some type of authoritative response.
So far there has been no response from anyone close to the developers in question.
This “bug” was brought to my attention when I recently tried out Ubuntu 10.04 alpha 2 to see what new improvements Ubuntu and Gnome in general had. Upon going through my usual routine of setting preferences to my liking, I could not find the option to put back the menu icons in the 3 main menu’s provided by Gnome in the top panel. Only some of the icons
are shown, others are not. There used to be a setting to bring them all back. This was previously just an annoyance to have to complete the look
of the menu’s.
“Discussed many times. We should remove the interface tab. Basically
everthing there is a user experience design cop-out. It only belongs in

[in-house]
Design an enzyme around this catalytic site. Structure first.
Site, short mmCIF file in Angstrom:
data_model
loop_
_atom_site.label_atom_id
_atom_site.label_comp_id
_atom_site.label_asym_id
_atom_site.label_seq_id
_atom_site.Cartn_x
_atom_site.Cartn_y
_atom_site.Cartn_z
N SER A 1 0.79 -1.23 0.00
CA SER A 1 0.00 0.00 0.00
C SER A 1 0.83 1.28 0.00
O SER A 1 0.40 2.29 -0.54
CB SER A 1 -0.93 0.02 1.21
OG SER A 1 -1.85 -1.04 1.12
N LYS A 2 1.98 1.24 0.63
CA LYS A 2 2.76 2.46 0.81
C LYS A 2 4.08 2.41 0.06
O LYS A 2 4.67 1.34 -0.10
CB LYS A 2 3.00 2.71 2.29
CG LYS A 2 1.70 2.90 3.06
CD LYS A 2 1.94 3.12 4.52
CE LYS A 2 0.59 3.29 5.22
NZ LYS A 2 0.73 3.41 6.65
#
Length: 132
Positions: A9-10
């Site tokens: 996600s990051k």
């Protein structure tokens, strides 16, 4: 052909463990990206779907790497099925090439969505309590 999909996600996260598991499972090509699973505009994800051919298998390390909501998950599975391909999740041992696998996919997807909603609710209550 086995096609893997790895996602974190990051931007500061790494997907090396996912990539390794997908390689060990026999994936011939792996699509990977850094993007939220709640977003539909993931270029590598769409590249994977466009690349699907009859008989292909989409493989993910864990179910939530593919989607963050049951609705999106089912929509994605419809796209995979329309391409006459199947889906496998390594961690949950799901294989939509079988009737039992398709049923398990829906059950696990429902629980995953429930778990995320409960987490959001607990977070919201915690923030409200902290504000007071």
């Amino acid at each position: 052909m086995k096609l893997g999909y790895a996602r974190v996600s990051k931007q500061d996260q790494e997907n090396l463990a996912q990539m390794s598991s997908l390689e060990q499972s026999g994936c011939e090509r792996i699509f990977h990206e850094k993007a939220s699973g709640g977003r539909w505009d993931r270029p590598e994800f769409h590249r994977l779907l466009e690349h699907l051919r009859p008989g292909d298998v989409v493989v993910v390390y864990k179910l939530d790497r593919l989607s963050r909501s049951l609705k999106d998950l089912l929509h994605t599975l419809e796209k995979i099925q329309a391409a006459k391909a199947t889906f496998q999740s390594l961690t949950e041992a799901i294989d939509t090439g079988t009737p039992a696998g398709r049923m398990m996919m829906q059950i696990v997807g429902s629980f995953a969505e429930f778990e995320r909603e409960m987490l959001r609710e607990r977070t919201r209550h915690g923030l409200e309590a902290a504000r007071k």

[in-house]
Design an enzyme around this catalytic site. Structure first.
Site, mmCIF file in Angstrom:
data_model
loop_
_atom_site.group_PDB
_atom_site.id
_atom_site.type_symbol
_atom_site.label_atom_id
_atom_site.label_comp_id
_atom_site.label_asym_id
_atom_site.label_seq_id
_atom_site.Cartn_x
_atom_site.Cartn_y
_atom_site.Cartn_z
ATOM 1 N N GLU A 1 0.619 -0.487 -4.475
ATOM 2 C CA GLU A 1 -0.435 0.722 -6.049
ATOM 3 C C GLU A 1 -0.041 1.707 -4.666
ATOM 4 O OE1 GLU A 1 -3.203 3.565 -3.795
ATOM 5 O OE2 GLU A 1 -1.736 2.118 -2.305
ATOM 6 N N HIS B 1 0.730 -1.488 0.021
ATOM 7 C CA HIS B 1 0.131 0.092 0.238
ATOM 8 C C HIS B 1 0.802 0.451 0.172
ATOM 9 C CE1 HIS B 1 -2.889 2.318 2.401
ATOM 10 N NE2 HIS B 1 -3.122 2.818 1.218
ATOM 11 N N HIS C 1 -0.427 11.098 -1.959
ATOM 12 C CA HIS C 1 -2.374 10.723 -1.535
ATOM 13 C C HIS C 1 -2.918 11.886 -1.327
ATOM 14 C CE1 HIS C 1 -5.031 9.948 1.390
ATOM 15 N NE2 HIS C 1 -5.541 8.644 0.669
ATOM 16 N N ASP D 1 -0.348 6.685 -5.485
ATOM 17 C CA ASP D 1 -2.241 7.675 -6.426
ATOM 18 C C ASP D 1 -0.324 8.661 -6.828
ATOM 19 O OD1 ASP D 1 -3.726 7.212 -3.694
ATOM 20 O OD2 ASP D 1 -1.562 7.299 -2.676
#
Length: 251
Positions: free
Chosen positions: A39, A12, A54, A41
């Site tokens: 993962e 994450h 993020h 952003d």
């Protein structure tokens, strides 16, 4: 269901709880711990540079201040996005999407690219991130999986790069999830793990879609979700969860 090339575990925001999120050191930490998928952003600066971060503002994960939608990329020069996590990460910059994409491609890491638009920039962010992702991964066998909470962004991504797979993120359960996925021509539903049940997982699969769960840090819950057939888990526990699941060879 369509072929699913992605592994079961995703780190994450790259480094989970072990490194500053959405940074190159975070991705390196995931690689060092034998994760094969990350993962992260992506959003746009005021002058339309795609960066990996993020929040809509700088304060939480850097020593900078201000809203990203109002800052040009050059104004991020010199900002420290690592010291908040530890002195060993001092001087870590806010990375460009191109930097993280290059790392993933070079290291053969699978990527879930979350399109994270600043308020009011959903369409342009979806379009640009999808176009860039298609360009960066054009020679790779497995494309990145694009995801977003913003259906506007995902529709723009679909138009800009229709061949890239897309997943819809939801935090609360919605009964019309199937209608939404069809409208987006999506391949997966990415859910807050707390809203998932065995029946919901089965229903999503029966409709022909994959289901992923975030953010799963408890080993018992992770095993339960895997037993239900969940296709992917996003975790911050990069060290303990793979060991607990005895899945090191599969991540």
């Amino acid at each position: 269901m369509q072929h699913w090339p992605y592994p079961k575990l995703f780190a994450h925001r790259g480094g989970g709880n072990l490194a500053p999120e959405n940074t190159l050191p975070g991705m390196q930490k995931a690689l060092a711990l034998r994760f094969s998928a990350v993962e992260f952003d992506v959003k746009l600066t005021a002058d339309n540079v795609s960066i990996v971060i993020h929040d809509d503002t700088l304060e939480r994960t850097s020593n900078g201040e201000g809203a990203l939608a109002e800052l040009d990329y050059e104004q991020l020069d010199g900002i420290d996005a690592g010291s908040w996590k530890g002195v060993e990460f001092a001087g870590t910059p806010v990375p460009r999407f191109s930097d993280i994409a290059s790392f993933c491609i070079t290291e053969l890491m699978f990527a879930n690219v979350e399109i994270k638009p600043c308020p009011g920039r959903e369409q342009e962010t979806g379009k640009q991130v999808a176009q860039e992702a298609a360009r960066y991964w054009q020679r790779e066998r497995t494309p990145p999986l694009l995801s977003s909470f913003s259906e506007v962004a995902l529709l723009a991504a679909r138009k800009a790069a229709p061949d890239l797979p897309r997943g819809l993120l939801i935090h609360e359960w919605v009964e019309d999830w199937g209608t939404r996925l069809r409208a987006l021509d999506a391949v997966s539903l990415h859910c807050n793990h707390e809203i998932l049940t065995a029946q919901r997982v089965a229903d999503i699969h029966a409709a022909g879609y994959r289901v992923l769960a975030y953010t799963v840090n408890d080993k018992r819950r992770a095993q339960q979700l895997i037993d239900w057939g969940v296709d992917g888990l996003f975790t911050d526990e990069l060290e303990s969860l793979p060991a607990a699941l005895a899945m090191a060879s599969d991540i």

a tweak UI tool – – but only if someone cares enough to write one.”
“Discussed many times”
Discussed where? Were Gnome users asked for feedback on this decision?
“It only belongs in a tweak UI tool – but only if someone cares enough to write one.”
User experience preferences for gnome should now be the responsibility of third party developers who might or might not develop tools to put
back user experience preferences which gnome developers created and then removed in the first place?
The rest of the comments in “bug” are people disagreeing with the original developer in his decision to remove the preference competely.